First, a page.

The creator and "nose" behind Ayala Moriel Parfums, Ayala has been crafting scents for over seven years. Through her website, she currently offers over fifty distinct all-natural fragrances spanning many olfactory categories. For those who find it difficult to choose from among the many alluring options, the website contains a "Fragrance Questionnaire" consultation page, which one can copy, answer, and email to Ayala for a personal recommendation. Based on my answers, she suggested selections from several fragrance families, but especially her more ambery scents. I ordered a set of six sample vials (samples can be purchased individually or in sets of up to 15), and waited to see whether her recommendations would strike a chord with me.
Like individual washes in a beautifully composed watercolor, it is almost impossible to pick out a favorite from among these finely nuanced
perfumes. Song of Songs is based on the passionate Biblical poem of the same name, and includes fragrant notes from "all the Biblical plants and aromatics
that were used to cleanse, purify and seduce in that magnificent poem." Indigo is enchanting with its mischievous licorice top note and mysterious, ambery base. Razala is an exquisitely understated blend which relies on beach-harvested ambergris, precious agarwood, saffron, myrrh, and pink pepper for its magic. And Espionage, the fragrance I enjoy most often from Ayala Moriel Parfums (and one of her own signature scents) is a seductive leather perfume with a dark ambery vanilla base. My husband claims that Espionage diffuses uniquely from a distance, and is among the sexiest scents I own.
And then there is Immortelle L'Amour, an absolutely mouth-watering blend of vanilla, immortelle flower, sweet orange, cinnamon, and wheat. It smells so good I wish I could bathe in it. And not only is Immortelle L'Amour available as a confection for the skin, Ayala has also released it as the first in her line of perfumed teas. (And I've also noticed that she's led workshops in the art of truffle confectionary - a seminar I'd love to take!) Each Ayala Moriel fragrance I have tried from the line has been as lovely and complete as the next, and though I am no closer to actually declaring a favorite, I am delighted that all six of the vials that arrived were winners: an unusual feat for any fragrance line.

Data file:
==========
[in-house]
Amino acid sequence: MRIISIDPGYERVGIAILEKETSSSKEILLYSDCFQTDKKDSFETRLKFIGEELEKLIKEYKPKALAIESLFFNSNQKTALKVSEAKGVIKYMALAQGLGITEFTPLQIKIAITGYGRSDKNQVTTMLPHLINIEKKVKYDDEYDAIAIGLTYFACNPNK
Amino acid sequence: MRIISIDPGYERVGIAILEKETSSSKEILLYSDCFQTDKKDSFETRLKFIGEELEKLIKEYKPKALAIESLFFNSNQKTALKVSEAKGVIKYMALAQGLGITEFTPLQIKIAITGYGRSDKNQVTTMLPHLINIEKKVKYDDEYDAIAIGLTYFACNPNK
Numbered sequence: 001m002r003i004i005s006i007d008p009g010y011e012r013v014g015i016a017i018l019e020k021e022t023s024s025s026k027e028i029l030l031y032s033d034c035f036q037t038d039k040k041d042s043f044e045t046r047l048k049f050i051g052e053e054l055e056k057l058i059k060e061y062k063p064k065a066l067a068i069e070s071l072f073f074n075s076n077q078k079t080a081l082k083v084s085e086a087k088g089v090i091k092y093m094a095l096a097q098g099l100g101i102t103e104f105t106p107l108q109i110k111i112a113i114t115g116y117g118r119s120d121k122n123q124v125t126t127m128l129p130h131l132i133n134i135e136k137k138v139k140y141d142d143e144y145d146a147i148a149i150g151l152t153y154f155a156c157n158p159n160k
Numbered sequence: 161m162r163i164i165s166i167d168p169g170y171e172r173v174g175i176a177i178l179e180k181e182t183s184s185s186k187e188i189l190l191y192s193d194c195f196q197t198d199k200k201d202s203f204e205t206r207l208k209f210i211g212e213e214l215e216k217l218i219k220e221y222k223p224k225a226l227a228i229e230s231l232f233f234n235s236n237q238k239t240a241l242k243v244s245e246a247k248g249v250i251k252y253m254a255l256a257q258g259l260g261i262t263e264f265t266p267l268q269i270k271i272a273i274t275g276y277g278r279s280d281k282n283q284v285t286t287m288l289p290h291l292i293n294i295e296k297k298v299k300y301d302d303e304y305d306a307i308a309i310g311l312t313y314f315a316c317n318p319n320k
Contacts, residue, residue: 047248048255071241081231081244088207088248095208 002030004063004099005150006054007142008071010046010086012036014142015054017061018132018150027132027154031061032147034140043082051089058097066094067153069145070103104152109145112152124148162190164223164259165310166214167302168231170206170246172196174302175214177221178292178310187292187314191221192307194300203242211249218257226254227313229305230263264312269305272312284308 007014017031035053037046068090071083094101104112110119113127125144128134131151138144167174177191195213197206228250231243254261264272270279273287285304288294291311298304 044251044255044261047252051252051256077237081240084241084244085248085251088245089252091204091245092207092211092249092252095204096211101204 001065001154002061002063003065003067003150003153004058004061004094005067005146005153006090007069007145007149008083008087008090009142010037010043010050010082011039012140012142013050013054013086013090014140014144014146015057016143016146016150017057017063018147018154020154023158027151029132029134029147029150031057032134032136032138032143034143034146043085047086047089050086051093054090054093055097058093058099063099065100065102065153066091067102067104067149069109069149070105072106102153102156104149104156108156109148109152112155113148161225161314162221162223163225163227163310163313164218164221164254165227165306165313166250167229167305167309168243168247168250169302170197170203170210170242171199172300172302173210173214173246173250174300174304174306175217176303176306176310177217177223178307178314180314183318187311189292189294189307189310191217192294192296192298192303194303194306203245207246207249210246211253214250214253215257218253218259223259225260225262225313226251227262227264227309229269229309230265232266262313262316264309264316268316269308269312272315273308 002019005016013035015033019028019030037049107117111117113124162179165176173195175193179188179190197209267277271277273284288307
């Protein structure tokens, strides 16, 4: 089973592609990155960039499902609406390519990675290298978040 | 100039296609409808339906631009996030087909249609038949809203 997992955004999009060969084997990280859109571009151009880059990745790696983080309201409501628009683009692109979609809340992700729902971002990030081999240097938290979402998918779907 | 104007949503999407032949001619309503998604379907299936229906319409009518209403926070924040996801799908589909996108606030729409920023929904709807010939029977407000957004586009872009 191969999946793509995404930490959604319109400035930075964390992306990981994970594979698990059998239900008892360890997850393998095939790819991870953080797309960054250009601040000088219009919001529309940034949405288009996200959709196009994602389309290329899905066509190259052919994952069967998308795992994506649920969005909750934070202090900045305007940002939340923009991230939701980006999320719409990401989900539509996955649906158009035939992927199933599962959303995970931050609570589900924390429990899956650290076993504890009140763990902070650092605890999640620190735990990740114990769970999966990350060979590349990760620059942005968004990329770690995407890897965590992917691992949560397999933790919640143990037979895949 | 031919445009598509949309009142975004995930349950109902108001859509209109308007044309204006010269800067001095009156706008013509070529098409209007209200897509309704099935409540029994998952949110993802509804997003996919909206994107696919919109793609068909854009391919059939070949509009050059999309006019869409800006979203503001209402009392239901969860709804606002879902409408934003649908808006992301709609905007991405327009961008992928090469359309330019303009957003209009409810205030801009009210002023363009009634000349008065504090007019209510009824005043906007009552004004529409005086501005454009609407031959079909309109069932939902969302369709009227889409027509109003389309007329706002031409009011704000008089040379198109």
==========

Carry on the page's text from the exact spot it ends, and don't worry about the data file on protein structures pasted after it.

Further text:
Ayala's business concept is not only about the product itself but about making a contribution to the world through perfumery. This is clear in her dedication to excellence in her blog, as well as her commitment to the values of self expression, quality, education, sustainability and fair trade, giving back to the community, and opposition to animal cruelty. For anyone wishing to see further into the creative process of an outstanding perfume artist, she includes detailed notes about the development of her fragrances on Smellyblog, and contributes regularly to perfume forums such as Perfume of Life and Basenotes.
Perfume in a Poem in a Perfume:
Not only is Ayala's "Perfume in a Poem" project here for you to read, she has begun work on the fragrance (as yet unnamed) that was born from her contribution, and will offer a sample of that very exclusive creation to the winner, selected from the commenters on all the posts in this series, of our March 31 giveaway. Stay tuned to her blog for developments regarding the fragrance created especially from the inspiration of Ezra Pound's poem.
"Petals on a wet, black bough" photo by Ayala Sender. Photos of Ayala courtesy of the artist and used with her permission. Photo of Ayala with roses taken in the "Nahalat Shiva" neighborhood of Jerusalem by Zohar Porat. Bottom photo by David Griffith. All photos copyright Ayala Moriel Parfums.
Comments are encouraged! Please read the initial post in this series for the details on our extraordinary giveaway which will take place on March 31.